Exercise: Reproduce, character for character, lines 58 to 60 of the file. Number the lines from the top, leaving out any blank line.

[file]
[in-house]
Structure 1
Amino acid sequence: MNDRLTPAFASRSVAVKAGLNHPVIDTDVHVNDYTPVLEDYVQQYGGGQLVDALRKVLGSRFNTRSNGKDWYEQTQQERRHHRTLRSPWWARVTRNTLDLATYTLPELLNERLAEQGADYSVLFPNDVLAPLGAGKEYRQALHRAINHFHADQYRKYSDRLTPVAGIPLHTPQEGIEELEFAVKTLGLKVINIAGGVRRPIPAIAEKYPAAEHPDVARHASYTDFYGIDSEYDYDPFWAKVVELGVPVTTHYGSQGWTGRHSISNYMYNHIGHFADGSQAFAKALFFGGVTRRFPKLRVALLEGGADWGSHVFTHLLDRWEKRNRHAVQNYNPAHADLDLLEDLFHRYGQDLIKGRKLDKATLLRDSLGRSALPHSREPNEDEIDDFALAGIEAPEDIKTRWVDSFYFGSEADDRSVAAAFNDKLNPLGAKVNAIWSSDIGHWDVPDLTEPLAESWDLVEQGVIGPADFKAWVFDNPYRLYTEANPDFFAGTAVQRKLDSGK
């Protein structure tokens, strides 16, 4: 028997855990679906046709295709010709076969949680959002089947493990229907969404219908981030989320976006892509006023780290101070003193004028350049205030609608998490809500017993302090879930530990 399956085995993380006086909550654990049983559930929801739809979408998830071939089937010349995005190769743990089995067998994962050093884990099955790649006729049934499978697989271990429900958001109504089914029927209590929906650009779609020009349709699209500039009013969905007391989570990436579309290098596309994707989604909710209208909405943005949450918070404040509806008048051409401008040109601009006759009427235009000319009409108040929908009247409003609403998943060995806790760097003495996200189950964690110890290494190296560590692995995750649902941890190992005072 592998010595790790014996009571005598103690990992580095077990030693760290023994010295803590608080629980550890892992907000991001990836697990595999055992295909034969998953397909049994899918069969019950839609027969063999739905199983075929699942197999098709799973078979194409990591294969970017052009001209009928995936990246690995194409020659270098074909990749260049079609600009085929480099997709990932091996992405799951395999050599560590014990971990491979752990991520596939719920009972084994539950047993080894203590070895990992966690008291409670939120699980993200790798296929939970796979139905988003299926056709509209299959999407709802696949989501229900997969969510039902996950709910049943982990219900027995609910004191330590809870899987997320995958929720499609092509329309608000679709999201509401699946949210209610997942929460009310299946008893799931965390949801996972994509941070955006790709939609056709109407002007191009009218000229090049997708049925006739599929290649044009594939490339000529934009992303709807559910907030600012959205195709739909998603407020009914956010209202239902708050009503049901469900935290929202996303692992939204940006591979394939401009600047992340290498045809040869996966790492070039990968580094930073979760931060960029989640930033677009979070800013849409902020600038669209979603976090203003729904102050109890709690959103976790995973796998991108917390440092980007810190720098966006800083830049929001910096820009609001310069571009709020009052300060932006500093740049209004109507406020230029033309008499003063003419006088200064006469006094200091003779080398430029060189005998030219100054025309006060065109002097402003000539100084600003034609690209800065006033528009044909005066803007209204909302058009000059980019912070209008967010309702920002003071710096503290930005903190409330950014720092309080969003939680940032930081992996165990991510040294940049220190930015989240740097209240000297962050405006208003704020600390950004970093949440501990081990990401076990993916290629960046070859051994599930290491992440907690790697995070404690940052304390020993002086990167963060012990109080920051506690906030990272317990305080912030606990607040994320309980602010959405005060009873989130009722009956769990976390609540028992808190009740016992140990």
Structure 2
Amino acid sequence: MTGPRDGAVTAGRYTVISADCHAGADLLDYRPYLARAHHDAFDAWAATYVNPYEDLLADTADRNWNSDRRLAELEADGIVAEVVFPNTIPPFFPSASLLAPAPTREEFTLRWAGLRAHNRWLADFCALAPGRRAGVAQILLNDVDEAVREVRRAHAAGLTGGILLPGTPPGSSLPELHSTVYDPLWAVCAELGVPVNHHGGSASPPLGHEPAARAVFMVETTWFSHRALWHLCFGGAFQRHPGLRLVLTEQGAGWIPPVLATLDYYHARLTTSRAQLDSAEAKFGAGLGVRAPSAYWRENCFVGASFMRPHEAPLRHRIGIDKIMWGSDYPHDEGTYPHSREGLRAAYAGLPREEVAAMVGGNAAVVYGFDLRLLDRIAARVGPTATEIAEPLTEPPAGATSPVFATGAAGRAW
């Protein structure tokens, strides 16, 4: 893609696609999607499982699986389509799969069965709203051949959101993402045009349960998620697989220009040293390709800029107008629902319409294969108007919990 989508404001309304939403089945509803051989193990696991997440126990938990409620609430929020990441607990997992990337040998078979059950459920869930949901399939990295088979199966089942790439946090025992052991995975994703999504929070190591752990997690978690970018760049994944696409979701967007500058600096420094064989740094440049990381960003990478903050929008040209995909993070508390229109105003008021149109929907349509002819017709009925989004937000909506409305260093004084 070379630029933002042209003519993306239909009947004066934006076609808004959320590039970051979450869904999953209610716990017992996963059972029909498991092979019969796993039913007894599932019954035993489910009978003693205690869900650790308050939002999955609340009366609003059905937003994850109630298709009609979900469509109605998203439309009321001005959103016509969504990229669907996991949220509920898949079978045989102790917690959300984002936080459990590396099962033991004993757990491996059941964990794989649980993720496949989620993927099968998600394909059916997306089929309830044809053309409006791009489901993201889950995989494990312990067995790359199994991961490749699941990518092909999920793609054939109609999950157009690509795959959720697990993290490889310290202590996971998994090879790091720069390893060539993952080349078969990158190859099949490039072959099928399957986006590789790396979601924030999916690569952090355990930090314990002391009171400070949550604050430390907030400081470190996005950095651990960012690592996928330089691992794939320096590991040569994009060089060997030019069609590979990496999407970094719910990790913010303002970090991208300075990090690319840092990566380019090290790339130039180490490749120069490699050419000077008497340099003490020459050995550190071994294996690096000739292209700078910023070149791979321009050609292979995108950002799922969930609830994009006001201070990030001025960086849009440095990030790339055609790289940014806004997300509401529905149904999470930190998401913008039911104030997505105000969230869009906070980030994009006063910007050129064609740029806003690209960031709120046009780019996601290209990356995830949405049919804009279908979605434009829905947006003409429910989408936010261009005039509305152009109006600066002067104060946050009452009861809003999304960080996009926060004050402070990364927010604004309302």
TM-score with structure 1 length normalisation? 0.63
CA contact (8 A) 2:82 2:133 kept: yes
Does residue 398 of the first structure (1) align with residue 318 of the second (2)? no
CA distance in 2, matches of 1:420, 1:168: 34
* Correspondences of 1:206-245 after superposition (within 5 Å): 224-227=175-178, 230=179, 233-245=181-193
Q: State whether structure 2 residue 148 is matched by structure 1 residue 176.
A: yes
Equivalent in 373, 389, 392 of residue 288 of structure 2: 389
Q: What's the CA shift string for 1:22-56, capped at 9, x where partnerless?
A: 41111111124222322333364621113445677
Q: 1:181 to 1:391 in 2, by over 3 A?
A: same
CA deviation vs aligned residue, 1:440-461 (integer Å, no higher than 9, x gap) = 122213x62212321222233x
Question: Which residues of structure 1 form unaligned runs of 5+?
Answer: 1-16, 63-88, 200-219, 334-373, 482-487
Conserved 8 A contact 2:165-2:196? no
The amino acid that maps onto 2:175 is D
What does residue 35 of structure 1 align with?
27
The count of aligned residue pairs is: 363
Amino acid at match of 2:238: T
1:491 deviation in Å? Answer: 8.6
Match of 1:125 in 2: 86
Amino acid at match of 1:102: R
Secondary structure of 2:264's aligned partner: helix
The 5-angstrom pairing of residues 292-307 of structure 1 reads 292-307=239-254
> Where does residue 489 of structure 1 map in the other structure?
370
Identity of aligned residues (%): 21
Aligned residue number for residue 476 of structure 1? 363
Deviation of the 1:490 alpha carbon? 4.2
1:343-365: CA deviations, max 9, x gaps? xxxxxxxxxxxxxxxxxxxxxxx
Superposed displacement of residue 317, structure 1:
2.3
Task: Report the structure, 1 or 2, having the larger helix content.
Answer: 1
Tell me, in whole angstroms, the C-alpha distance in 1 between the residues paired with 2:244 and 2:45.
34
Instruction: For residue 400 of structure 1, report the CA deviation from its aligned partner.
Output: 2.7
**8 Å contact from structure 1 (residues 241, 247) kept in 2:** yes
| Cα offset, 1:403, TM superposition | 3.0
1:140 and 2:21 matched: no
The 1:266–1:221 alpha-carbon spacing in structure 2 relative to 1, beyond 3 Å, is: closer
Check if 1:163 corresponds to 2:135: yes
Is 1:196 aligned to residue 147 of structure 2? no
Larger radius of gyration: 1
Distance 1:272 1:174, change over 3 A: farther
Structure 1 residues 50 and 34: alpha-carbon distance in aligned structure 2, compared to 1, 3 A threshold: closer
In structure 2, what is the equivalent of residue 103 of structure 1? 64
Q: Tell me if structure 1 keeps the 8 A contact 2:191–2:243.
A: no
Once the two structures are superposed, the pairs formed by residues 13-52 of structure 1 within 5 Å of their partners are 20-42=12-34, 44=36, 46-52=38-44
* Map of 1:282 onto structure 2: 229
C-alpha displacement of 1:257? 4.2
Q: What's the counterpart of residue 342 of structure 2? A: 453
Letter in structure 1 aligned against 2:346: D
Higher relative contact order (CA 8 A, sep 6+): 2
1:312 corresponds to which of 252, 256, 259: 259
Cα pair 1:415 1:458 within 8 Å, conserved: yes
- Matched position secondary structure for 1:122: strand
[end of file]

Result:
Q: Tell me if structure 1 keeps the 8 A contact 2:191–2:243.
A: no
Once the two structures are superposed, the pairs formed by residues 13-52 of structure 1 within 5 Å of their partners are 20-42=12-34, 44=36, 46-52=38-44